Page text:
It’s all a bit green

When I first heard about the Green Deal, I thought – yay! Finally, someone had realised that the way to get Joe Householder to energy-efficiency-improve his house was to give him an incentive, and easy access to capital. Student loan style finance (pay it back if you fancy it) provided against future energy savings stretching into the distance would put loft insulation in every house in the country.

Sadly, the reality seems far from this. “A simple idea made very, very complicated”, said one sage of the present version of the Green Deal, which proposes to allow householders to insulate their home, add a new bolier, or put a PV array on their roof, by borrowing the money to do against money saved off energy bills over a decade or so.And compliated it is. Check it out. It looks like a future mis-selling class-action nightmare to me.But the Marketing Thing is, why will people bother? Other than some general tree-hugging warm-feeling stuff, there seems little reason to take advantage of it.

Let’s do the math. Your energy bills are around £800 a year. After five grand of improvements, they (are predicted to) fall to around £450. Yes, quids in!

But wait, you’ve got to pay back that loan. So that gets added to your energy bills (according to the latest numbers I’ve seen) at around £320 a year for a ten-year stretch. So you save a grand total of, er, thirty quid a year on your energy bill.

So you go through a month of builders knocking your house about, making a mess, and filling your loo with noxious gases while you supply them with endless tea for a return of £300 over the next ten years. You’ll probably have spent the first couple of years’ savings on PG Tips and semi-skimmed before you get going.

No, no, no. No-one sane is going to go through all that for £30 a year and a good feeling about their carbon footprint. Especially since they’ll probably move on from that house inside the ten years and never experience the long term saving.

Now I’m not knocking the builders – it’d be good work. They’d get paid. And to be frank if I had to be round at someone else’s house by 8am so they could do the school run I’d probably need ten minutes quiet reflection in the smallest room too.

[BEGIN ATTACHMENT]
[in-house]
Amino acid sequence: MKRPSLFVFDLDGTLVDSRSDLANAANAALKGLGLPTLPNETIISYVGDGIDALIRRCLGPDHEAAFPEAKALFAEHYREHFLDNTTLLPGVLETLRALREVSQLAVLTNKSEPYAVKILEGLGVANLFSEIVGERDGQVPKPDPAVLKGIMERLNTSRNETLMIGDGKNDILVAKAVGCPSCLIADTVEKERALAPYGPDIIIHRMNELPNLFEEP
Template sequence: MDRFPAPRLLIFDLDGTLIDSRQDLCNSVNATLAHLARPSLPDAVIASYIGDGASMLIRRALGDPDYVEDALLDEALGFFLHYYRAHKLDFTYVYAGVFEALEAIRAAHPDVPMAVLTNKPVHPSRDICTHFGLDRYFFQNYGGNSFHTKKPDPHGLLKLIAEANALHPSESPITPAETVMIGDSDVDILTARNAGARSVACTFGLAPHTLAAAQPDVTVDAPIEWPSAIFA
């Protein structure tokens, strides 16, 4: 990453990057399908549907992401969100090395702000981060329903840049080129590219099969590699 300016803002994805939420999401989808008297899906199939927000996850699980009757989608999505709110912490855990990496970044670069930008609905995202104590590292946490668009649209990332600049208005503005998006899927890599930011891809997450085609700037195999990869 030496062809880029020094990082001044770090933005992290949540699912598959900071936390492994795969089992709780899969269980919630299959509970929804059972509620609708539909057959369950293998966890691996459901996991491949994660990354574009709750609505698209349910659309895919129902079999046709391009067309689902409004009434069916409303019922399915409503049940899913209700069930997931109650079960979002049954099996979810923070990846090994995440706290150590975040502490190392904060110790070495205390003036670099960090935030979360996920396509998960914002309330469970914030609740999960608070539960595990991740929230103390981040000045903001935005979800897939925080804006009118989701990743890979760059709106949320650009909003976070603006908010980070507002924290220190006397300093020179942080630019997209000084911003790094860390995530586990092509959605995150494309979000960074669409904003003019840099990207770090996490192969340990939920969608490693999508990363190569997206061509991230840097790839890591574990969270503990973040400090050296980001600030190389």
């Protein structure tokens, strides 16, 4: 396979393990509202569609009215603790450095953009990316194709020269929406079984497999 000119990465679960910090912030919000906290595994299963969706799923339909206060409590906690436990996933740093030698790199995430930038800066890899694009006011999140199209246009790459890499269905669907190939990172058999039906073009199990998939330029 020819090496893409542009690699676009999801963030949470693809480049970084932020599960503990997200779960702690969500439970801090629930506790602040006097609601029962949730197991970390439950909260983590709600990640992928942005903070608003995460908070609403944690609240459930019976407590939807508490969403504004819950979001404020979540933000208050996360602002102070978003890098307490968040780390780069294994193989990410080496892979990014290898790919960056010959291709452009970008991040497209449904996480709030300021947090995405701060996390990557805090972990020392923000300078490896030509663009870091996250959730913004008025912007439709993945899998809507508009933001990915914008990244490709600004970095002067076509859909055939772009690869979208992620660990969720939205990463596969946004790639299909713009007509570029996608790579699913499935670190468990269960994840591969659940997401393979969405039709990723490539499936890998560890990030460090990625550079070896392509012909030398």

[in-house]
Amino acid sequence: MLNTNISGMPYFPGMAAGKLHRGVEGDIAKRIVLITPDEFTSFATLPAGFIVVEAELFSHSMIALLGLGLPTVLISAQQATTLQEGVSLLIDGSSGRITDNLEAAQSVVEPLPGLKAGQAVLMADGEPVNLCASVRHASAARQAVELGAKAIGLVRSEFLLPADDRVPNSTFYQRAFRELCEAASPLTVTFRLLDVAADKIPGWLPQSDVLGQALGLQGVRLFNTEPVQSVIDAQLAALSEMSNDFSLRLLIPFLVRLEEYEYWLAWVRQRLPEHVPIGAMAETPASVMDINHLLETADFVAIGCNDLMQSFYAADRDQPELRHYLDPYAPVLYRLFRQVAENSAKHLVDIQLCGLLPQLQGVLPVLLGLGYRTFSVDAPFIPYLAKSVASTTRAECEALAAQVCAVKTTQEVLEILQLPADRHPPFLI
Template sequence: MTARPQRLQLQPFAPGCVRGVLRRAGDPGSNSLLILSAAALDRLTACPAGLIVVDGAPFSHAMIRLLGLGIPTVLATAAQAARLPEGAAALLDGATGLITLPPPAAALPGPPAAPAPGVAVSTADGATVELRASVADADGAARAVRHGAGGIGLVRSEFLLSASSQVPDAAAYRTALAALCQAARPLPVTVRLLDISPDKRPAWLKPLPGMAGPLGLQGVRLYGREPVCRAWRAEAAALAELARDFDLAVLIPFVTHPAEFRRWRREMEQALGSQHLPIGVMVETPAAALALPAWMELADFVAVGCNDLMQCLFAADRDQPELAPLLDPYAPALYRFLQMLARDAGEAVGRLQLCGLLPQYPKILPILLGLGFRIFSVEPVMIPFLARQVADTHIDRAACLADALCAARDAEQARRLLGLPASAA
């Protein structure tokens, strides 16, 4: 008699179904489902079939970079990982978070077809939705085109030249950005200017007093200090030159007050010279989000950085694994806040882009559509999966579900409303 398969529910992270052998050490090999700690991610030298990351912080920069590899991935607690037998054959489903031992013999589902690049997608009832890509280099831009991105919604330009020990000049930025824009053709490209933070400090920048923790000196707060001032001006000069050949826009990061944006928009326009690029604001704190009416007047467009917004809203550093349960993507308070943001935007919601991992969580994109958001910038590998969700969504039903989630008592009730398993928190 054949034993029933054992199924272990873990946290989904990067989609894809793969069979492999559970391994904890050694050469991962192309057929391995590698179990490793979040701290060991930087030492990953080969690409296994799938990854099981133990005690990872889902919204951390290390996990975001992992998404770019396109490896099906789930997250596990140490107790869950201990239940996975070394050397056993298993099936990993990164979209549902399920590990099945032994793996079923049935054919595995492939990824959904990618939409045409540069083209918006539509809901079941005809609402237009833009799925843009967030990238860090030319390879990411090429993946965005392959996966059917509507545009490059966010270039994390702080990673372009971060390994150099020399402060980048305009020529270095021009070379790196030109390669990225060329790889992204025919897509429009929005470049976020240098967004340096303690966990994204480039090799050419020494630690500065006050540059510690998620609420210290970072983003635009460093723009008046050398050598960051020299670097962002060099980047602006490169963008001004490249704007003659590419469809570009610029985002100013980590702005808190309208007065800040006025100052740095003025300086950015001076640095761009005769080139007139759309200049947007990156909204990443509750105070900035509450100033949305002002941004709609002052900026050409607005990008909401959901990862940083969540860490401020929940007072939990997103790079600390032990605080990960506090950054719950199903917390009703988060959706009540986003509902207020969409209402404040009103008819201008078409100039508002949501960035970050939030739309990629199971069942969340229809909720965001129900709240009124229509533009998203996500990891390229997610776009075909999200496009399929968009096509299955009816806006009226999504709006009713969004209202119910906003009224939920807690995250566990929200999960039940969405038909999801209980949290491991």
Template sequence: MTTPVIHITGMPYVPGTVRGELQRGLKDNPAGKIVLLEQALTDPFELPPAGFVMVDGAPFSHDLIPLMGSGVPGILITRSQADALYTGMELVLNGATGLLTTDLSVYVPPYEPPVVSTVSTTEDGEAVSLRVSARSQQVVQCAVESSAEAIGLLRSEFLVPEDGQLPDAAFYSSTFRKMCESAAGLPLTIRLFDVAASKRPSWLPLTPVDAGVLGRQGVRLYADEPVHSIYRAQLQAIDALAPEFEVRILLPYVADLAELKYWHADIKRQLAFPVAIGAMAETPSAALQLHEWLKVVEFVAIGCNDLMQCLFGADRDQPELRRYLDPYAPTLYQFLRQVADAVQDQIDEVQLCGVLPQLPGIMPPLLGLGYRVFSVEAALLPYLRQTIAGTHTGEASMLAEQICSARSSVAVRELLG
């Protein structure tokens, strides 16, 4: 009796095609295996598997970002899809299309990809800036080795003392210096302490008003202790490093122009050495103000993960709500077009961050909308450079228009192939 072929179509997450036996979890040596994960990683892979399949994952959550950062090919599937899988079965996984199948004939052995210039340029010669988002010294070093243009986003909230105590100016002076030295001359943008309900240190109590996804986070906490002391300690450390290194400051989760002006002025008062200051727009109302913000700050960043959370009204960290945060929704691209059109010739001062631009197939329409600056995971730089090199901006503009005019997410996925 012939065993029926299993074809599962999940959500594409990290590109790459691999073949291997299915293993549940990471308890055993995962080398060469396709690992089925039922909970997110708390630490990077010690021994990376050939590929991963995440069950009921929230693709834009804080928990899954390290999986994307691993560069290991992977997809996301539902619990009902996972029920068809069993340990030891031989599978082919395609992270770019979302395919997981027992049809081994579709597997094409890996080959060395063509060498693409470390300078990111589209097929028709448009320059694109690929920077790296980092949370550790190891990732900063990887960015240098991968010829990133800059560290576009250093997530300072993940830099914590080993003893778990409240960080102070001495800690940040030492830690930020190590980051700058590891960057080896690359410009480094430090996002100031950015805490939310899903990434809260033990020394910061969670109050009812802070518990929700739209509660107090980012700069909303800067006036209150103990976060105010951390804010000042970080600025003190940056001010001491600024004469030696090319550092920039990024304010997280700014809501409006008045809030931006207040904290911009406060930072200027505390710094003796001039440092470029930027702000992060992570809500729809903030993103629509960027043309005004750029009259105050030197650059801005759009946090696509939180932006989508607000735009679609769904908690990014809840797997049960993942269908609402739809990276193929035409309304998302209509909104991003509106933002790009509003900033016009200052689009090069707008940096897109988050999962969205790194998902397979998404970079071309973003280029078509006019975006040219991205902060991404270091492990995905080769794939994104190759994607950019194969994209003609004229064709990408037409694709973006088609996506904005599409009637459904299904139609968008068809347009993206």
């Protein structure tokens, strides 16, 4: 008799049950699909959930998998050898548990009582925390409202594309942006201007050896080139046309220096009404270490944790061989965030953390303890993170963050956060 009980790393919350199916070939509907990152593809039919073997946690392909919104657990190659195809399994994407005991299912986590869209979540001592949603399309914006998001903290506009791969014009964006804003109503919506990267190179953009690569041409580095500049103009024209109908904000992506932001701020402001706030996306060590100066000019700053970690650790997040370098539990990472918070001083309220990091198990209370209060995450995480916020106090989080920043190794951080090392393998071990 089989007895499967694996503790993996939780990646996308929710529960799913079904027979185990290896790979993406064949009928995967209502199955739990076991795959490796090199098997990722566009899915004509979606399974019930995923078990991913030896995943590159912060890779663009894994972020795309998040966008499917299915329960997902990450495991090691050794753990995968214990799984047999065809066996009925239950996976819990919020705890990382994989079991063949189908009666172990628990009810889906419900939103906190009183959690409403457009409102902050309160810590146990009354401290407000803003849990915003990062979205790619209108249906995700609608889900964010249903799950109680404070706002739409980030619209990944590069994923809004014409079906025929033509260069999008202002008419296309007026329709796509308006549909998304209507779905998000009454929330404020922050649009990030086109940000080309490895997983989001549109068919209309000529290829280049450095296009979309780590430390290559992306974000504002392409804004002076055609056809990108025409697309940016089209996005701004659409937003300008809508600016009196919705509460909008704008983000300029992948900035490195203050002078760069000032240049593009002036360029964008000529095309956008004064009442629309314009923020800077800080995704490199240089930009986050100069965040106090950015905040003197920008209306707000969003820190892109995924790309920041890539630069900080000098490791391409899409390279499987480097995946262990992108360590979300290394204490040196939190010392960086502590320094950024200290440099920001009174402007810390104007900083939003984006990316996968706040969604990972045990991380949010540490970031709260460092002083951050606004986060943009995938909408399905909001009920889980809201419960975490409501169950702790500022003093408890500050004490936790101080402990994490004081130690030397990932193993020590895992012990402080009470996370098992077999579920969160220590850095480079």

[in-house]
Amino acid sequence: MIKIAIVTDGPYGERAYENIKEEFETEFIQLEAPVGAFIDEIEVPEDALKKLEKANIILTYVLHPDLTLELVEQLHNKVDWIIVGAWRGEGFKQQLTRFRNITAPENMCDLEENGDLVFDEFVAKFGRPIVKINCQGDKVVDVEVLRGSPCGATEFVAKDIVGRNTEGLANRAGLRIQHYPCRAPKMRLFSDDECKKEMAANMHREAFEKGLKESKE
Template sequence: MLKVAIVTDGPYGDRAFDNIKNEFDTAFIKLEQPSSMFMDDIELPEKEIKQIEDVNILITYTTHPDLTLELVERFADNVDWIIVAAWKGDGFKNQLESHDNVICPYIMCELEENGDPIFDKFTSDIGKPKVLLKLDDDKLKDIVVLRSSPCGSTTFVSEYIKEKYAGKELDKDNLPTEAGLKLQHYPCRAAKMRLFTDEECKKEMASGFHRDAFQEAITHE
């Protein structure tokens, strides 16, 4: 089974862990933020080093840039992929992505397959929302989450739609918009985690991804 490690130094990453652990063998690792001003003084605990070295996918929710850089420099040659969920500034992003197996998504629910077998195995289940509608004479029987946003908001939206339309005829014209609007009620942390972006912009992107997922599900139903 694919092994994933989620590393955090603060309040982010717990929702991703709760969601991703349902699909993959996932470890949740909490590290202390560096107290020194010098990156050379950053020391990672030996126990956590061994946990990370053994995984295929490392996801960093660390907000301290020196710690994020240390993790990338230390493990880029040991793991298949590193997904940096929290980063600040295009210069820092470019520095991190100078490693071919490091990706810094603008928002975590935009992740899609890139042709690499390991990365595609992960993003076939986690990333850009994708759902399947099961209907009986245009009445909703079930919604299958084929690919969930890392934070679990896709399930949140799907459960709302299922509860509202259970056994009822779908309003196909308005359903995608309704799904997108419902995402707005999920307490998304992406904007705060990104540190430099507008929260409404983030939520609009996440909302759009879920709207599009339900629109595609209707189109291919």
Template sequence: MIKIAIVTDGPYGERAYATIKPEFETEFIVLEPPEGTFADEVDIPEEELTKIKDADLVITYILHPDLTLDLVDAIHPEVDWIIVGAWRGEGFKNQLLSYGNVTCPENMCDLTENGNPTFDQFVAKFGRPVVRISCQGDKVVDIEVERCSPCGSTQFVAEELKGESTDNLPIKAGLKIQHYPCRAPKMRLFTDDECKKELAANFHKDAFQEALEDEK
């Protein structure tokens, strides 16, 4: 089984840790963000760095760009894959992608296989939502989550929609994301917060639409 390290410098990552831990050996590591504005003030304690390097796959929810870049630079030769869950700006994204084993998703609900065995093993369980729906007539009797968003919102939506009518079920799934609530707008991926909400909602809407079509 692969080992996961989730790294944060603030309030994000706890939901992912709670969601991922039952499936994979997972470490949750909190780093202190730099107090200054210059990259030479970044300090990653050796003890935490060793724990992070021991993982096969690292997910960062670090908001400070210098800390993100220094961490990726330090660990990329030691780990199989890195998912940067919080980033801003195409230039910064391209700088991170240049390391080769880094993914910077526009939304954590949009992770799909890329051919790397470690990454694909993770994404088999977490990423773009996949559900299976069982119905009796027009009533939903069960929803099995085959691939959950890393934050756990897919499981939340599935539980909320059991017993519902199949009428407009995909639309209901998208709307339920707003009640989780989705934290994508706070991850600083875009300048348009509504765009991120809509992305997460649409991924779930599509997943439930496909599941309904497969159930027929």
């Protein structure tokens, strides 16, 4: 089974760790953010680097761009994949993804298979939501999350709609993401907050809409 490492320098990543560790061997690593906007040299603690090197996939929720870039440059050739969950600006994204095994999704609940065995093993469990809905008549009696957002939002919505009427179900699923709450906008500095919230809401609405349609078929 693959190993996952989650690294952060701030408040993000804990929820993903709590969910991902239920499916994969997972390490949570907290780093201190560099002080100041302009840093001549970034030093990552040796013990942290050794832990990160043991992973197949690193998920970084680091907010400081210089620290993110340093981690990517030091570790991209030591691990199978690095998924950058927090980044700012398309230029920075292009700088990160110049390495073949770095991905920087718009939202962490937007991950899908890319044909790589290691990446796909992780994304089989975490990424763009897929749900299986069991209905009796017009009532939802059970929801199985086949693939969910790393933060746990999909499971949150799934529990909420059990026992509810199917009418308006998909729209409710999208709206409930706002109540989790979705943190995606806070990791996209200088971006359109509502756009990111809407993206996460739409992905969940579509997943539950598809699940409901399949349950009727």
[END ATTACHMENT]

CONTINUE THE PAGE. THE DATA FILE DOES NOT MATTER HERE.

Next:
I’m not knocking the people behind the scheme either. Well, OK, I am. But their heart is in the right place. Sadly, that’s not enough. We need to apply marketing principles here.

Multichoice time.

Q: What need or want are we satisfying?

A: the need to feel good about having made a significant reduction to one dwelling’s carbon footprint which, if repeated 200,000 times a year over the next ten years will help meet UK Plc’s commitment to the Kyoto protocol. Etc.

B: the need to spend half as much as I do now on energy, but still live in a warm, draught-free house, so I can sit around in my sluggies of an evening, and afford more beer and crisps.

Hmmm.

In order to be a proper marketing person, you need to anticipate and satisfy customer needs or wants profitably, and to make that work at scale the needs & wants need to be shared by a mass of customers. Answer A is only a need or want for nutters. Answer B is one shared by 99% of the UK population that is unfortunately not satisfied by the Green Deal. QED – the Green Deal will fail.

This scheme is not going to work unless it halves homeowner’s energy bills, and that means spreading the repayments over a much longer period, at a lower level of interest (government backed interest free loans, as in France), or someone putting up the money for the improvements.

Either way, Mr Huhne, if you’re serious about meeting the carbon commitments, get your wallet out.

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